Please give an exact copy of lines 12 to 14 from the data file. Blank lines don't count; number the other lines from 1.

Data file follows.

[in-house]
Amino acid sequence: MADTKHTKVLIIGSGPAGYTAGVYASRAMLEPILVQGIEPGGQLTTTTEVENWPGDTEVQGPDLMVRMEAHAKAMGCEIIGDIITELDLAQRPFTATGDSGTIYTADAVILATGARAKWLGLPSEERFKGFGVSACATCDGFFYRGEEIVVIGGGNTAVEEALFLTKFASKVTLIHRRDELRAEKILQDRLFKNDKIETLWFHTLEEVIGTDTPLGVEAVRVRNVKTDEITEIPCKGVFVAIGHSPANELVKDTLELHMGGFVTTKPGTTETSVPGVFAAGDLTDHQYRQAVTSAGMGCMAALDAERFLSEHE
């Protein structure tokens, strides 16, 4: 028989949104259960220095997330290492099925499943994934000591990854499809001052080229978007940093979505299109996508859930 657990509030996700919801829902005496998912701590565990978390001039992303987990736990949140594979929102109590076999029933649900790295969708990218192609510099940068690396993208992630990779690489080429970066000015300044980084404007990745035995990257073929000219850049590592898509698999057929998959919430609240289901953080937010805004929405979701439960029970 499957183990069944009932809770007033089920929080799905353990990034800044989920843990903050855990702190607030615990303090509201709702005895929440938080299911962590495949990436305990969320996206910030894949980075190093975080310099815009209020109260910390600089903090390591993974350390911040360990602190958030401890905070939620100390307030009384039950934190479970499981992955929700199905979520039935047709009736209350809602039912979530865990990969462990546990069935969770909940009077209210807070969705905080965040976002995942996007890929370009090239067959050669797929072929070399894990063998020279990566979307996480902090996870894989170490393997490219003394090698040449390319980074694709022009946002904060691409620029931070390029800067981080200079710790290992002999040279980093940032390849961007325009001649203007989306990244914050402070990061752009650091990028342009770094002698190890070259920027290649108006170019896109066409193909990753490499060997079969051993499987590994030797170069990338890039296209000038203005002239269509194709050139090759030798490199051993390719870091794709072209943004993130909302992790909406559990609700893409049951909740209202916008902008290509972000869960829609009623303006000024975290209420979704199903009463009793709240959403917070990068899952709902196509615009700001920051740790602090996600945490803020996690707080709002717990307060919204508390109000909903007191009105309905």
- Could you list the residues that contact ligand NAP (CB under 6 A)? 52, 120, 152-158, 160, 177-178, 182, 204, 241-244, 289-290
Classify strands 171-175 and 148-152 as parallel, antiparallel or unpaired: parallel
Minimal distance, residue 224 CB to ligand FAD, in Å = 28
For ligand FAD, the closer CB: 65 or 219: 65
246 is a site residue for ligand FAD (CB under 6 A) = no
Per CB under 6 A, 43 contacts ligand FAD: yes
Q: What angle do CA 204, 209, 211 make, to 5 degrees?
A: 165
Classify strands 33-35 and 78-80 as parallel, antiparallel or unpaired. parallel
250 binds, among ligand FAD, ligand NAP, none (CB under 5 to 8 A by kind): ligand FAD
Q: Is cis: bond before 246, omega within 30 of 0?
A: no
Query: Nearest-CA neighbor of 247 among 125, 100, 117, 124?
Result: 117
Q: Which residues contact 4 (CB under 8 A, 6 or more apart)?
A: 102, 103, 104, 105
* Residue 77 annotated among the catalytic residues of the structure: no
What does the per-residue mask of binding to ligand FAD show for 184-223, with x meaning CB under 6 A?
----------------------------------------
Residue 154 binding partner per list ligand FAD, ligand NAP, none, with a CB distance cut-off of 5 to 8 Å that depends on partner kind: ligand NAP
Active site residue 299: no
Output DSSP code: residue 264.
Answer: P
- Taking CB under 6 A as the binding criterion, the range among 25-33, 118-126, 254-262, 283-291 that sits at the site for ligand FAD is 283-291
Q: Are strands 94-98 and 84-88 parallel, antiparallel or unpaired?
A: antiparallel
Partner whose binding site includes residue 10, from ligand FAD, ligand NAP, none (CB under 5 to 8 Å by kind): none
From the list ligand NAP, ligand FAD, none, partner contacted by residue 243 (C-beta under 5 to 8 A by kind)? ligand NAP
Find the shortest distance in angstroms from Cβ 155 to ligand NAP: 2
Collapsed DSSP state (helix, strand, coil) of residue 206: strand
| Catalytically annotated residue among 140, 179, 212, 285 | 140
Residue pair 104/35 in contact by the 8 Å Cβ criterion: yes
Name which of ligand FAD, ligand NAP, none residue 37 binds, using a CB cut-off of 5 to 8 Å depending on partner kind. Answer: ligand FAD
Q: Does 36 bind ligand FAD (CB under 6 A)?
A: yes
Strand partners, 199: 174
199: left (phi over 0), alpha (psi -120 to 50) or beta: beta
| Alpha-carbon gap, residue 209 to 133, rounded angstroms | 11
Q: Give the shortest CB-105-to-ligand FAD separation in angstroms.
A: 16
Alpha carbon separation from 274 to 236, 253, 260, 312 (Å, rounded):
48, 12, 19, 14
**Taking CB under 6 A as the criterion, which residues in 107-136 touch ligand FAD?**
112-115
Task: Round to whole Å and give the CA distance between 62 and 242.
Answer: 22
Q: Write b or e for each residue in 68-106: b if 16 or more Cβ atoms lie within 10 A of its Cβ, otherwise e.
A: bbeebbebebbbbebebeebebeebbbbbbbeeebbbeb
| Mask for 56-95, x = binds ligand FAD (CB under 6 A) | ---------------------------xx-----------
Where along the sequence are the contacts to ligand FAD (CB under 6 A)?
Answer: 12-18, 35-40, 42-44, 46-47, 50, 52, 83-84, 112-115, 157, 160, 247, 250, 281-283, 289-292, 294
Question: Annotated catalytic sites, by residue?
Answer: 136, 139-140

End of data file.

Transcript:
Classify strands 33-35 and 78-80 as parallel, antiparallel or unpaired. parallel
250 binds, among ligand FAD, ligand NAP, none (CB under 5 to 8 A by kind): ligand FAD
Q: Is cis: bond before 246, omega within 30 of 0?